Bologna and Modena have a history of battles for the conquest of the territory.
Even a satirical chivalric poem sings of their hostility and of the "Secchia Rapita" (kidnapped Bucket): a wooden bucket who has been stolen from Modena's warrior after a failed siege outside Bologna's walls and immediately taken as a trophy in Modena,
where it still is.
The historical rivalry between Bologna and Modena was born from desire for conquests and opposing political positions: Guelphs (Bologna), allies of the pope and Ghibellines (Modena), allies of the emperor. Fight for investitures and border warfare mingled and led to tragic events.
In Modena after the death of Orbizzo Este, a struggle for succession was unleashed: Azzo VIII prevailed, who launched the gauntlet in Bologna, in an attempt to strengthen his prestige and have the support of the nobility. The war along the border became even more violent, a war from which the noble Modena was defeated.
At his death his successor continued and exacerbated the tension policy between the two cities.
In 1296 the Bolognese army invaded the lands of Bazzano and Savignano, effectively removing them from the Modena area, thanks also to the support of Pope Boniface VIII who officially recognized the Guelph possession of the castles of those localities. Doing that the Pope intended to strengthen his power over the Bologna,and the Ghibellines of Modena was the main enemy for the ancient question of borders.
Bologna had infact widened its territorial aims, having to face the demographic increase resulting from the fame of its university. Successive conquests, reconquests and looting followed until the Modena's forces conquered the castle of Monteveglio, which was an important bastion for the defense of Bologna.
Zappolino and its castle became the last important stronghold in defense of today's capital of Emilia.
The battle that took place at the foot of the Zappolino hill, on November 15th 1325 just outside the castle walls, represented one of the greatest battles that took place in the Middle Ages: 35,000 infantry and 4,000 knights took part and more than 2,000 men lost their lives on the battlefield.
The battle, brief and intense, ended with the terrible defeat of the Bolognese army.
Despite the numerical superiority, the Bolognese troops, taken by surprise by a lateral attack, dispersed.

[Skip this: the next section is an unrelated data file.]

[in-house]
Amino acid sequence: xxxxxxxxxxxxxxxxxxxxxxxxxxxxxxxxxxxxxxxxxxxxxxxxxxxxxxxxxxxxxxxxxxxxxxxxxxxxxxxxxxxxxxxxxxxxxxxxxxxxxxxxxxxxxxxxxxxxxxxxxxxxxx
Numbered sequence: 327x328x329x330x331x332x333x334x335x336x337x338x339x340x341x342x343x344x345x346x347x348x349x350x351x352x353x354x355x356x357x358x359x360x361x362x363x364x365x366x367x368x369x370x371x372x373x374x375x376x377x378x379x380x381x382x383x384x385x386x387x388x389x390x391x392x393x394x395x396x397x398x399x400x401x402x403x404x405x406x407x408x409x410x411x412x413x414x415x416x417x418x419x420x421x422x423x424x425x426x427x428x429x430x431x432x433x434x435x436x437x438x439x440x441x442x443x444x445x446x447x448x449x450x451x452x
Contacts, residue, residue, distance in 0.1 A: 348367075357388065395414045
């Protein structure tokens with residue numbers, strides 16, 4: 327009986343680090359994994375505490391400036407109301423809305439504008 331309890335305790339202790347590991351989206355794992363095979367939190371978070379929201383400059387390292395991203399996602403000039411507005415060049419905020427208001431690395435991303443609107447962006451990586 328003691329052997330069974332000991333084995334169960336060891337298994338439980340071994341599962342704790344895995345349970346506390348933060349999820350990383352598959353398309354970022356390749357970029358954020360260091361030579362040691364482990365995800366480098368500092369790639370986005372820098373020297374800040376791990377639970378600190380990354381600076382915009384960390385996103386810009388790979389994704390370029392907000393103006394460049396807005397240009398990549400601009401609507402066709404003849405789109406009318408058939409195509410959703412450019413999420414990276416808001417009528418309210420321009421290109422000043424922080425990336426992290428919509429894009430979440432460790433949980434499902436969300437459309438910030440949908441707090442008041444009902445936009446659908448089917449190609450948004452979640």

Many men took refuge in the castle of Zappolino, others in that of Oliveto, others reached, chased, Bologna finding refuge among its walls.
The people of Modena came to the city gates (destroying the castles of Crespellano, Zola, Samoggia, Anzola, Castelfranco, Piumazzo and the lock of the Reno near Casalecchio, which allowed, as today, the deviation of the river waters towards the city) but they never entered it, limiting themselves to remaining outside its walls and finally returning to Modena, bringing a bucket stolen from a well as trophy (the well still exists under a manhole outside Porta San Felice in Bologna).
A few months later, in January 1326, the peace signed by the two sides saw the return of the lands and castles conquered by the Ghibellines to the Bologna.
Inspired by the episode of the well, in the 1600, Alessandro Tassoni wrote a heroicomic poem entitled "La secchia rapita" (The Kidnapped Bucket") where he writes about the refusal of Modena to return the bucket and the war unleashed for its reconquest. Various imaginary characters and even the Olympian gods participate in it, distributed between the two cities.
The war for the kidnapped bucket lasts for some time between battles, duels and tournaments, interspersed with comic and burlesque episodes that often have the count of Culagna as the protagonist, who at the end of the conflict concludes that even if the Bologna hold prisoner king Enzo, the people of Modena would held the bucket.
In the course of the real conflict, King Enzo, son of Emperor Frederick II, fought in favor of the people of Modena.
After the defeat of the battle of Fossalta, in May 1249, he was captured by the Bolognese army and taken to Bologna to beimprisoned in the town hall adjacent to Piazza Maggiore, which was then called Palazzo Re Enzo.
Most of the prisoners could obtain the freedom behind the payment of a ransom but despite the insistence and offers of the emperor Frederick II, Enzo was imprisoned for life; although with a fairly well-to-do treatment, he could in fact rejoice with poetry and literature as well as with the company of the ladies (from whom he also had children).
After twenty-three years of imprisonment, and an attempt to escape into a "brenta", a basket, he died in Bologna on March 14th 1272 and was buried at the "Basilica of San Domenico" with splendid honors at the expense of the municipality of Bologna.
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